“Nonetheless it was wonderful to spend the time we did and it was nice to be able to lay Dad to rest with Mum according to his wishes.”

The Denmark Country Music Club’s recent dance with band Campfire Country was a tribute to Mr Carey and life member Jean Brenton, who passed away a few days earlier in Perth.

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Season of giving

ALBANY’S branch of Soroptimist International has been very busy donating to local community groups this year.

The global volunteer organisation helps girls and women access human rights and resources.

The Albany branch has donated $700 to the Albany Public Library to purchase a new nursing chair for the junior library.

Mother of two Caryn McWhirter is one of many parents who have experienced difficulty feeding and changing children in public spaces, and she appreciates the Albany Public Library’s safe space and new resources.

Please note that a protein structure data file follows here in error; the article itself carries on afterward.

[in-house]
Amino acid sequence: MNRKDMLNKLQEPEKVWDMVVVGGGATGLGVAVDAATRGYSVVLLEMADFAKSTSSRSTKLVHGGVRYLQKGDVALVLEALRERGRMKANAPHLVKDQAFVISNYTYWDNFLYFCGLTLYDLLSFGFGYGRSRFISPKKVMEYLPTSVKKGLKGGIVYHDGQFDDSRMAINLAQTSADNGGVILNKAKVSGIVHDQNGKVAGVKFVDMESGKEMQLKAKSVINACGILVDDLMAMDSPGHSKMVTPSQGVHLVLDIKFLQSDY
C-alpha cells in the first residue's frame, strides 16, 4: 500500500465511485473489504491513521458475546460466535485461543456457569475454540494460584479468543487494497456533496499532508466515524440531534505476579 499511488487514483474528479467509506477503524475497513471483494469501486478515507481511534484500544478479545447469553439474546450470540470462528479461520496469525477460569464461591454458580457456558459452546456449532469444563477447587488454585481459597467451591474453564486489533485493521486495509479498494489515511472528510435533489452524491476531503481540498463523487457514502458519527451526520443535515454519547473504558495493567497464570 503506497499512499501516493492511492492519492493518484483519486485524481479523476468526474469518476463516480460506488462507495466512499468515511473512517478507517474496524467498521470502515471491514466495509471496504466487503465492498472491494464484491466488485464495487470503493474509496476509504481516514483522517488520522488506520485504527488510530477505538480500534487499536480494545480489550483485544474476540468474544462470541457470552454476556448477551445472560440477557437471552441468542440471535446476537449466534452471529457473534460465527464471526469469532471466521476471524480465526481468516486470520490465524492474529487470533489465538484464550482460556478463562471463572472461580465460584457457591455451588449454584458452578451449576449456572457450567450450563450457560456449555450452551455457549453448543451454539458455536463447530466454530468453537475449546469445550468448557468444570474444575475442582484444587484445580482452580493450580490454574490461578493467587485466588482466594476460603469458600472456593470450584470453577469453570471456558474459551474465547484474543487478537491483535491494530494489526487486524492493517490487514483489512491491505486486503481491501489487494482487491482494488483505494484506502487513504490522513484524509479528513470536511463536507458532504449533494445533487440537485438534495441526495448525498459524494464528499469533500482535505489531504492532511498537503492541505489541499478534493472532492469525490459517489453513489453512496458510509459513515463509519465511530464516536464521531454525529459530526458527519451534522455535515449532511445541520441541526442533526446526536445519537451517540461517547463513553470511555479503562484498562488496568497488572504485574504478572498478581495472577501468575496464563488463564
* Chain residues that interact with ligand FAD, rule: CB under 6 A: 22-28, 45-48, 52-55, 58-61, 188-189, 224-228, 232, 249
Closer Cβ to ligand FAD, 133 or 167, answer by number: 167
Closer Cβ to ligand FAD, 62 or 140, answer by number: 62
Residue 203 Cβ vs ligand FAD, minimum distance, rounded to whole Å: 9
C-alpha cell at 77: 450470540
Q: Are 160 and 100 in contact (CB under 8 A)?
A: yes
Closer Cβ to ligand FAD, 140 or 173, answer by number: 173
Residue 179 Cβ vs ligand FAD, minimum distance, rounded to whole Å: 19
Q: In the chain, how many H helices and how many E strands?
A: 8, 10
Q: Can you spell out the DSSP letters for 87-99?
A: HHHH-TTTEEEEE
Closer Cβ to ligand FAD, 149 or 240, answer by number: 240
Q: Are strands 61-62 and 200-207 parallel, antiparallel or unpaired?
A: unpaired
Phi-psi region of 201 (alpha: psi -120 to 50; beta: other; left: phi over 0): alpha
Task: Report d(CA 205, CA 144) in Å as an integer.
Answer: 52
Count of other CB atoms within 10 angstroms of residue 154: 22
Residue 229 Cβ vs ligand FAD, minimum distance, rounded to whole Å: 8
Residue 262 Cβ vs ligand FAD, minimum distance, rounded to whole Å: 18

“We are so grateful to Soroptimist for this funding,” Ms McWhirter said.

“It will help make breastfeeding so much easier.”

The new nursing chair will be purchased in time for the completion of the Albany Tourism and Information Hub in early 2018.

Soroptimist International Albany has also contributed to Albany’s Foodbank branch by running a Christmas in July food donation drive, which raised 113kg of food, enough for 226 meals.

“We noticed Foodbank was low for winter, so we decided to have a Christmas in July as well as our annual December collection,” SI Albany member Deb Symes said.

Foodbank Albany branch manager Rod Pfieffer said he appreciated the donations and encouraged the Albany public to continue helping those in need.

“It is a constant struggle to maintain the variety of food and products we need at Foodbank, so the community’s contributions are always a great help,” Mr Pfieffer said.

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Celebrations for Bulldogs

GNOWANGERUP Football Club will be celebrating 100 years since their first official season in 1917 on August 19.

To celebrate the occasion, the club will be playing their final game for the season and will use the end-of-season wrap-up as the big shindig.